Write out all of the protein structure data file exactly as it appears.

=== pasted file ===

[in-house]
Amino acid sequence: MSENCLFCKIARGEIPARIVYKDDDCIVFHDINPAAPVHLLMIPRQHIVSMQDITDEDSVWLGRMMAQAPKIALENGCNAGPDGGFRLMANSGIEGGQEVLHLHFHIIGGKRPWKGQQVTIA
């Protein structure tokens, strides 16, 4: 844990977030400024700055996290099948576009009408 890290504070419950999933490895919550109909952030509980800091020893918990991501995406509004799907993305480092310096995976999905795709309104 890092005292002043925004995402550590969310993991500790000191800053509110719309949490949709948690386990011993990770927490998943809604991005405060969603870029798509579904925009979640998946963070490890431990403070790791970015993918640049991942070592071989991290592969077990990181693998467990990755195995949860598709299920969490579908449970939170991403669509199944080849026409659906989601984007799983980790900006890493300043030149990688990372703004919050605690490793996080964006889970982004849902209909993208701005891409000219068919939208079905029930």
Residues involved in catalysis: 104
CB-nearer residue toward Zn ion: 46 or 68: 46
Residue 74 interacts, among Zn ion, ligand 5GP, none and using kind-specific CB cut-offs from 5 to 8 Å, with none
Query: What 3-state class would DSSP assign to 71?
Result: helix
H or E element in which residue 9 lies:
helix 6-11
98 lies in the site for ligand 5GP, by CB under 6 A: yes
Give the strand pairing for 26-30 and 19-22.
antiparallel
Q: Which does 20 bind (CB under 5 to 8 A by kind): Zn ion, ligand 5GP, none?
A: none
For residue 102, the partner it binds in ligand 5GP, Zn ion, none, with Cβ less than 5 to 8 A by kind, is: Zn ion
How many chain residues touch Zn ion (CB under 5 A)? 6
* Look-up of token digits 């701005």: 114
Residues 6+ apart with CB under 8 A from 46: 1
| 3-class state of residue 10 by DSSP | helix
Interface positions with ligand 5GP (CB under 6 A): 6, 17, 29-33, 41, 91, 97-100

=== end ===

[in-house]
Amino acid sequence: MSENCLFCKIARGEIPARIVYKDDDCIVFHDINPAAPVHLLMIPRQHIVSMQDITDEDSVWLGRMMAQAPKIALENGCNAGPDGGFRLMANSGIEGGQEVLHLHFHIIGGKRPWKGQQVTIA
């Protein structure tokens, strides 16, 4: 844990977030400024700055996290099948576009009408 890290504070419950999933490895919550109909952030509980800091020893918990991501995406509004799907993305480092310096995976999905795709309104 890092005292002043925004995402550590969310993991500790000191800053509110719309949490949709948690386990011993990770927490998943809604991005405060969603870029798509579904925009979640998946963070490890431990403070790791970015993918640049991942070592071989991290592969077990990181693998467990990755195995949860598709299920969490579908449970939170991403669509199944080849026409659906989601984007799983980790900006890493300043030149990688990372703004919050605690490793996080964006889970982004849902209909993208701005891409000219068919939208079905029930």
Residues involved in catalysis: 104
CB-nearer residue toward Zn ion: 46 or 68: 46
Residue 74 interacts, among Zn ion, ligand 5GP, none and using kind-specific CB cut-offs from 5 to 8 Å, with none
Query: What 3-state class would DSSP assign to 71?
Result: helix
H or E element in which residue 9 lies:
helix 6-11
98 lies in the site for ligand 5GP, by CB under 6 A: yes
Give the strand pairing for 26-30 and 19-22.
antiparallel
Q: Which does 20 bind (CB under 5 to 8 A by kind): Zn ion, ligand 5GP, none?
A: none
For residue 102, the partner it binds in ligand 5GP, Zn ion, none, with Cβ less than 5 to 8 A by kind, is: Zn ion
How many chain residues touch Zn ion (CB under 5 A)? 6
* Look-up of token digits 């701005």: 114
Residues 6+ apart with CB under 8 A from 46: 1
| 3-class state of residue 10 by DSSP | helix
Interface positions with ligand 5GP (CB under 6 A): 6, 17, 29-33, 41, 91, 97-100